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  • Optics, or the enhancement of our natural vision,

  • has been one of the biggest catalysts for science over the past 500 years,

  • Interestingly, it wasn't scientific interest, but more practical matters that led to the initial advancements in optics,

  • starting around 1440 when Johannes Gutenberg invented his printing press.

  • In short order, books, which had been a rarity,

  • were now becoming a widespread phenomenon.

  • All that new reading material meant more knowledge was circulating,

  • but it also meant that more people were straining their eyes,

  • likely as they read by candlelight.

  • And while spectacles had been invented in Italy around 1286,

  • the need for reading glasses increased substantially.

  • Now that people could use lenses to see things more clearly,

  • they started wondering if vision could be enhanced to see things the human eye couldn't perceive by its own devices.

  • Robert Hooke pursued microscopy, and 1665 he published his findings of worlds inside worlds,

  • which he called "cells" in the book "Micrographia."

  • At the other end of the spectrum,

  • Galileo innovated with telescopic lenses,

  • and in 1609, he had refined a telescope until he had an instrument powerful enough to see distant objects in the sky

  • with an accuracy no one had before him.

  • He found that the moon had craters and mountains,

  • that Jupiter had moons of its own, and the whole system governing the earth and space was brought into question.

  • Not everyone was thrilled with all the things Galileo saw though.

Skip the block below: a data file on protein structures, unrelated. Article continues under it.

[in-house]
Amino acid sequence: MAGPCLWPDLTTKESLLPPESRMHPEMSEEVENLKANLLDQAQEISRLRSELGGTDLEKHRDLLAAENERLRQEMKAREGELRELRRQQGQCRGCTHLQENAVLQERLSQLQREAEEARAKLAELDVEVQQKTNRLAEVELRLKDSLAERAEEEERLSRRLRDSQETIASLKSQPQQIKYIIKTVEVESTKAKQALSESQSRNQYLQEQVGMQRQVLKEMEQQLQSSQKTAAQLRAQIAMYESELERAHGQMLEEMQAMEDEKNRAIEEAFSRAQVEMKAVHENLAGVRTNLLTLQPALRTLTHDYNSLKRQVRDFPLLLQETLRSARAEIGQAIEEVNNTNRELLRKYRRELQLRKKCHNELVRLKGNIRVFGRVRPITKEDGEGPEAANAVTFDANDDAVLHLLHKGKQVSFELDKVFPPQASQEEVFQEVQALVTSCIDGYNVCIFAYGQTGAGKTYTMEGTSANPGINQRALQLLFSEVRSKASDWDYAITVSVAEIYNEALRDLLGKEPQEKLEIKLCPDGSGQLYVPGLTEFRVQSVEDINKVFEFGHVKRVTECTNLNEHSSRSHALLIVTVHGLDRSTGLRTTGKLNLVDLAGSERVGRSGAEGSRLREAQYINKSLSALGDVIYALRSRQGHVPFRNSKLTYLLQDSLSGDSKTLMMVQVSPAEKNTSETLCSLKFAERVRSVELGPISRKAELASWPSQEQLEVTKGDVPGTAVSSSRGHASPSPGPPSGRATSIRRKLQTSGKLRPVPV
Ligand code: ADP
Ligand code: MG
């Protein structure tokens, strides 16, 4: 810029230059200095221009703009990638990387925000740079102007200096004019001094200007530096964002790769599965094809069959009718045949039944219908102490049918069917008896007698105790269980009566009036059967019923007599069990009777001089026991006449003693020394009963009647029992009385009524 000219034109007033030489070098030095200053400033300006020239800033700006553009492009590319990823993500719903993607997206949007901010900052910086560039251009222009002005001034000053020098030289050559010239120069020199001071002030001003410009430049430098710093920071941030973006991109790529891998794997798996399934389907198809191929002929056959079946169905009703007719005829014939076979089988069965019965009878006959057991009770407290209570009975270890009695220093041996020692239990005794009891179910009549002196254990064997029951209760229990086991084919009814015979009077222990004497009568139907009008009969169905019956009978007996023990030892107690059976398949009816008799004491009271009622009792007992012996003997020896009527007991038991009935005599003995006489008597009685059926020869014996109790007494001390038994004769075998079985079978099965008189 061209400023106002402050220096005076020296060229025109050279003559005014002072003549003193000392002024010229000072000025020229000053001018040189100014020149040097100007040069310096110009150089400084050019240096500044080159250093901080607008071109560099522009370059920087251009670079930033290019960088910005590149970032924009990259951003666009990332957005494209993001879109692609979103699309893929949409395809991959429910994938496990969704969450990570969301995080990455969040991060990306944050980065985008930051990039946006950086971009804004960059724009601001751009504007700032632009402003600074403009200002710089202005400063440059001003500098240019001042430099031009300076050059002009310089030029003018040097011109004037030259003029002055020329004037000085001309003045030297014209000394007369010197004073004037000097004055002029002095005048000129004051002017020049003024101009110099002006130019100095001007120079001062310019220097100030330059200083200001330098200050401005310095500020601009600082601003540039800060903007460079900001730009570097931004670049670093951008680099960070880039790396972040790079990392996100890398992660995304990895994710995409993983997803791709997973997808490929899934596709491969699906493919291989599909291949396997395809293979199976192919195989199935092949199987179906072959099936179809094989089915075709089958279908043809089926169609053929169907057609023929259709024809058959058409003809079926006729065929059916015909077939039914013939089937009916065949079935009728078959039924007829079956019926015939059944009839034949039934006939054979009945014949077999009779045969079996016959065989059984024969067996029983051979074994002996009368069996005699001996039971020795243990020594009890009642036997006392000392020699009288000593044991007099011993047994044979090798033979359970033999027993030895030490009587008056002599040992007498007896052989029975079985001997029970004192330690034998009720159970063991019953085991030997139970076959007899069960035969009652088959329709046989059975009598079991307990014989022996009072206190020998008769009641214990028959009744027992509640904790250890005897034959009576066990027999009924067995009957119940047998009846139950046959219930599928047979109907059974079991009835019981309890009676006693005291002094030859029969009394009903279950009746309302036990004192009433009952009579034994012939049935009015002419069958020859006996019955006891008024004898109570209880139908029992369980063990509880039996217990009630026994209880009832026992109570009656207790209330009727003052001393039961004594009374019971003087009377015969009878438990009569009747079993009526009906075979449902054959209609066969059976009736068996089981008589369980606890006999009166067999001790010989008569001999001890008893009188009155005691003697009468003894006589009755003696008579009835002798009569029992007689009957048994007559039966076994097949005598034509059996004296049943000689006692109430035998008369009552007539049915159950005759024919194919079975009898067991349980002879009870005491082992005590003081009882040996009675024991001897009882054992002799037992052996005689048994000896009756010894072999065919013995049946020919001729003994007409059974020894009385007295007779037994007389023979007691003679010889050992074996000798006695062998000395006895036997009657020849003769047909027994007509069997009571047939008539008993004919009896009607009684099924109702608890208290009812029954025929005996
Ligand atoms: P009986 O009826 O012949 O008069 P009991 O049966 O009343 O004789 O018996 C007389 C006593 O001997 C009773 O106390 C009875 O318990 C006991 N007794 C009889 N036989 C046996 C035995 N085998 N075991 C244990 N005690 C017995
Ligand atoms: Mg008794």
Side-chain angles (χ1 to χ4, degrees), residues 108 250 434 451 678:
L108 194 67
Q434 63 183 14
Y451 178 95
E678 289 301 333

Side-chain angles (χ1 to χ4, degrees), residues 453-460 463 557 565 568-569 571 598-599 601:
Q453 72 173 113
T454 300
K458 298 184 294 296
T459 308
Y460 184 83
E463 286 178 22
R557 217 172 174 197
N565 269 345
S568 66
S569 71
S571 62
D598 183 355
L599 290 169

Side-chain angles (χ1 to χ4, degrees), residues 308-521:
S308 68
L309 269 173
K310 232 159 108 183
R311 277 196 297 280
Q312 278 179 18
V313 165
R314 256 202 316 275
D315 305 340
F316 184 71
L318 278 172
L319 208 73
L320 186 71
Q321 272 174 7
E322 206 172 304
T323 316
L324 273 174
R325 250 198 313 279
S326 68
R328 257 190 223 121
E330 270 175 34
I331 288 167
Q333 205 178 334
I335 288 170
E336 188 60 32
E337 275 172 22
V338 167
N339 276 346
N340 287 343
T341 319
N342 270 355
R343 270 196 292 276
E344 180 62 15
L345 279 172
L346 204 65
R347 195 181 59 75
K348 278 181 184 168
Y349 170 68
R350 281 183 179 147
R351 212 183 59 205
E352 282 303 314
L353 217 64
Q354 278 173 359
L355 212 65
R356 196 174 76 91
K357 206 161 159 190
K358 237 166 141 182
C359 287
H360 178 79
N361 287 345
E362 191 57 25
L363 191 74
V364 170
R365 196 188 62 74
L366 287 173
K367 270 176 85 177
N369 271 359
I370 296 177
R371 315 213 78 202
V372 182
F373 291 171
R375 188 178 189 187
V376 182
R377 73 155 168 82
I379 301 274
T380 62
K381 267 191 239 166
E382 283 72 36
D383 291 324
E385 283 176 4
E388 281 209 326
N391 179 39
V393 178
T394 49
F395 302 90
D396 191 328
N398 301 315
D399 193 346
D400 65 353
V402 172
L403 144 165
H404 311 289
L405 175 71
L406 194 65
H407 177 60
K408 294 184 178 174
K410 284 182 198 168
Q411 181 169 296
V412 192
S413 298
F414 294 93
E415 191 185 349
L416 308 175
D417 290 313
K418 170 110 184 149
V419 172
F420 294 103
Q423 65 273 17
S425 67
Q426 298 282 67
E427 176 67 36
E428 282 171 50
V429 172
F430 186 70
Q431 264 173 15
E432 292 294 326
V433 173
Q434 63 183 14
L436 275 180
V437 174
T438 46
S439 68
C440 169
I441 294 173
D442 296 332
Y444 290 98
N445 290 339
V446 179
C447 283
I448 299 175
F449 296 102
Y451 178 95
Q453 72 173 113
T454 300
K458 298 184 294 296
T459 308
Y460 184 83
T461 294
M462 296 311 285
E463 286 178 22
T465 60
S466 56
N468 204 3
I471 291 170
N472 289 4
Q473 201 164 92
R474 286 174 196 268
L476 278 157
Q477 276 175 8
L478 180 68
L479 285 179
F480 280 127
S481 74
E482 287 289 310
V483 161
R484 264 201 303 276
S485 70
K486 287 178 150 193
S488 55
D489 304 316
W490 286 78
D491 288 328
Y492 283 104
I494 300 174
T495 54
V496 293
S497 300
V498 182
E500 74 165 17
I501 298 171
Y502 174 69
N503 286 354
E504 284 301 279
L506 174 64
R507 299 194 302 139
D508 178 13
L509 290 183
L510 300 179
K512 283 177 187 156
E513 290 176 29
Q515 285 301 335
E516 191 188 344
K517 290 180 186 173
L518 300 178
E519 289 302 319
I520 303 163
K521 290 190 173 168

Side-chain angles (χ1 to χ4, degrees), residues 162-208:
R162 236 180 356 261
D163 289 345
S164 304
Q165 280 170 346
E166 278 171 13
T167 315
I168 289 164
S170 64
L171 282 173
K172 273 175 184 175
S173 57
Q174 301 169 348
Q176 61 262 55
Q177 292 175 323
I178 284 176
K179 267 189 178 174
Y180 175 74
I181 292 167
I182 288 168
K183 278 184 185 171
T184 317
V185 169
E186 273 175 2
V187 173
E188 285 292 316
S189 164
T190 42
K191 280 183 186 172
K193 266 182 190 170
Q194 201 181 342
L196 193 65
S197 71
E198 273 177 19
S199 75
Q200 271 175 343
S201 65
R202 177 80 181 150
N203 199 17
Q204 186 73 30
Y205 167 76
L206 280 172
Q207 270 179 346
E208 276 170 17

• For instance, it was taught at the time that the moon was a perfectly smooth sphere.

  • Yet here was visual proof that was awfully hard to discount.

  • Upon finding moons around Jupiter, he also verified what Johannes Kepler had surmised:

  • that the earth was not the center of the universe,

  • dispelling another central dogma of Galileo's day.

  • Then almost exactly a year after Galileo died,

  • Isaac Newton was born.

  • A lot that had been unknown was visible by now,

  • but much of it was simply the foundation for further questions.

  • What was light anyway? And color, for that matter?

  • What were the laws that governed the earth, and the heavens?

  • And could we capture them through keen observation?

  • Newton experimented extensively with optics,

  • and came to understand light as something of substance,

  • and colors as components of light at different frequencies.

  • Before Newton, people widely believed that the color was due to different amounts of light,

  • with red being lots of light, and blue being mostly dark.

  • Newton's prism experiments showed that white light could not only be broken into its component colors with one prism,

  • but that a second lens could recompose those colors back into white light again,

  • thus showing that color was a matter of light's refraction rather than how light or dark it was.

  • Newton's studies of optics led to the development of the reflecting telescope.

  • This, together with his study of planetary motion, led to his theory of gravitation,

  • one of the world's greatest examples of learning to see something invisible

  • by observing its effect on things that are visible.

  • So fast forward a few hundred years, and here we stand.

  • We've evolved from a single lens to optics that reveal the birth of a star in another galaxy,

  • or a child developing in the womb,

  • or an electron whirling around an atom.

  • At a time when so much is visible, how we see the world around us matters even more than what we see.

  • Will we see a world where everything important has already been discovered?

  • Or will we see one in which yesterday's discoveries are but a doorway to the breakthroughs of tomorrow?

Optics, or the enhancement of our natural vision,

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B1 TED-Ed newton galileo johannes prism visible

【TED-Ed】The story behind your glasses - Eva Timothy

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    keep seeing posted on 2014/05/12
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